posted on Sep, 5 2019 @ 05:21 PM
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a reply to: SeaWorthy

I used to fish off a pier in Cairn Ryan (SW scotland), i can confirm conger eel to 40lb by just dropping your baited hook over the edge of the pier, they are ferocious. Ive been told they get em to 70-80lb with a good bait and patience, i wouldnt doubt it either.



posted on Sep, 5 2019 @ 06:18 PM
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originally posted by: KKLOCO
a reply to: Frocharocha

Interesting. I did some searches on google. Looks like the largest eels on record aren’t much more than 10 feet long.

I see from the article, that they don’t know how big it was from DNA sequencing.

Additionally, they got the DNA samples from the water? I don’t see how they could define this as a ‘giant eel’ from water samples.

I’m not saying I believe in the Loch Ness Monster. This article just seems very vague.

I remember reading a story when I was a kid in the 1960s about a scientist that was fishing for specimens off the coast of Chile. He caught a larval eel that was several feet long. He surmised that if it had grown to adulthood, it would have been at least 50 feet long.

I did some searching and found a similar story, but the scientist was fishing off the coast of South Africa:
Mysterious Universe

The creature had resembled a fish somewhat, but had a thin, translucent body about six feet in length. Bruun recognized the creature to be a leptocephalus, that is, the larva of some sort of eel. It isn’t uncommon for certain eels to grow to sizes larger than six feet in length; however, their larvae are proportionately much smaller, typically only one-thirtieth the size of the mature adult. If the specimen Bruun managed to capture was only the animal’s larval form, then how big would the adult have to be?

edit on b000000302019-09-05T18:26:37-05:0006America/ChicagoThu, 05 Sep 2019 18:26:37 -0500600000019 by butcherguy because: (no reason given)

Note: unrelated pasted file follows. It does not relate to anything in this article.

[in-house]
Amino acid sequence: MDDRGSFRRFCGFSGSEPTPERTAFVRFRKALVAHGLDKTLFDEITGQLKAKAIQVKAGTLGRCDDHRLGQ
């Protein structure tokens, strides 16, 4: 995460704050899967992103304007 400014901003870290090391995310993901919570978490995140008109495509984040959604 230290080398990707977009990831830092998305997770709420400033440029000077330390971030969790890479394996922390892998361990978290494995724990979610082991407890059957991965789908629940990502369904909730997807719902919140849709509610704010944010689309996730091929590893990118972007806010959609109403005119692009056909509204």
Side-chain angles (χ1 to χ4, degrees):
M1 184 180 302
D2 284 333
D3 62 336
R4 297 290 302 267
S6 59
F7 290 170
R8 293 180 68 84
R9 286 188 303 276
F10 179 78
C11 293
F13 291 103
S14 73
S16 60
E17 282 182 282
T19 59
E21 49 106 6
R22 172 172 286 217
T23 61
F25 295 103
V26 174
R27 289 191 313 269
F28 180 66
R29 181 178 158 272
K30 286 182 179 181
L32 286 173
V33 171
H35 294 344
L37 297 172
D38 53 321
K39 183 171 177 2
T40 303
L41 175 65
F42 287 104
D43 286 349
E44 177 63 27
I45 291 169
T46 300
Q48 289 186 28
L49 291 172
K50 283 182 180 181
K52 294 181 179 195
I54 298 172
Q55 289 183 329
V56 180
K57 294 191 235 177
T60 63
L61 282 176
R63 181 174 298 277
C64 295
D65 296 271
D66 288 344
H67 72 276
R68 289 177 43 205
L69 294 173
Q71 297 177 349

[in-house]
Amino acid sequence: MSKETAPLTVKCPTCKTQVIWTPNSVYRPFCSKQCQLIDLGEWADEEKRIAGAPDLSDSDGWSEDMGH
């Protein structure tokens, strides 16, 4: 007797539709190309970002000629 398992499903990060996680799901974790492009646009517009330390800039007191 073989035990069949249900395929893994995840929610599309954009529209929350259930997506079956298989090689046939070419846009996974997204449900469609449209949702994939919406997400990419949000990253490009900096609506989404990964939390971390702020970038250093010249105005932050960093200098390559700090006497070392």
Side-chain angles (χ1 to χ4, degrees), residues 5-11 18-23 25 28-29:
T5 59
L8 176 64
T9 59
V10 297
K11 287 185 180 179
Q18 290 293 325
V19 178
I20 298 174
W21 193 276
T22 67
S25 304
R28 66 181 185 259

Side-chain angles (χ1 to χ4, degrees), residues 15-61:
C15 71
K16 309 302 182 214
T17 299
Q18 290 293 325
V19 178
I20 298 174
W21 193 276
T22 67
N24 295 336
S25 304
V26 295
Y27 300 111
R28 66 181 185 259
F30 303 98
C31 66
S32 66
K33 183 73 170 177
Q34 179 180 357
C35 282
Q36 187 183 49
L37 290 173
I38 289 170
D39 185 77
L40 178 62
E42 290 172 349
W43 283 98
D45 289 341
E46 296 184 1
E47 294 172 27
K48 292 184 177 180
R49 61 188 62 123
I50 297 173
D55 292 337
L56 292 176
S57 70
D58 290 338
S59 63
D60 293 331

posted on Sep, 5 2019 @ 06:31 PM
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Again cbs told us the truth. just saying with all that fakadaka news , what's the value of such a statement. Loch Ness was a hoax tomorrow , and a dinosaur yesterday. Big Eel , sturgeon. Whatever. Anderson Cooper knows for sure it's trumps fault.

Oh nessie I love thy !



posted on Sep, 6 2019 @ 12:07 AM
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Ah, just what I predicted in my thread here . . .

Fosters Island Rule Applied to Lake Monsters

The DNA guys are from New Zealand, but a group from the UK are in Ireland to find the legendary Horse Eel.


However, Richard said this new study is particularly important because the ‘monsters’ may just be a massive strain of eel. He said: “The monsters may be a gigantic, mutant strain of the common eel. “The European eels live in freshwater but when it is ready to breed to swims out into the Sargasso Sea. “The eels breed and die here and the young swim back the waters inhabited by their ancestors. “However there is a theory that some eels never sexually develop. These eunuch eels as they are known, remain in freshwater and nobody knows just how long they live or how big they get.


Monster hunters coming to Ireland

The DNA evidence seems to support their theory. I'd like to see what they come up with, hopefully they actually can catch an extremely big one and prove the eunuch eel theory.



posted on Sep, 6 2019 @ 01:27 AM
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Visited Loch Ness in June and took tour by the boat there. Loch Ness is deep lake 230 meters deep and has more water in it than all the other lakes in UK together.
On the tour there were on the screen thermal images of the beast which didn´t look like a eel. Scientist took dna samples 250 and when you think about the depth of the lake and size of the lake 250 is nothing.



posted on Sep, 6 2019 @ 01:35 AM
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Congers DEFINITELY qualify as a monster.



posted on Sep, 6 2019 @ 01:46 AM
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So they are saying "Lack of evidence is evidence of absence".

Modern science.



posted on Sep, 6 2019 @ 11:54 AM
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a reply to: SeaWorthy

Pardon my language, but holy # O.O
I had no idea they could get THAT big O.O



posted on Sep, 6 2019 @ 12:04 PM
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Yeah Nessie!

Big Eels keep on turnin'

This needs to be on the Top list so list so people can see it instead of the Political Crap.
edit on 6-9-2019 by CryHavoc because: (no reason given)



posted on Sep, 6 2019 @ 02:24 PM
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originally posted by: Nyiah
a reply to: SeaWorthy

Pardon my language, but holy # O.O
I had no idea they could get THAT big O.O


I didn't either! Sure could scare a person seeing that move through the water, might even eat a person!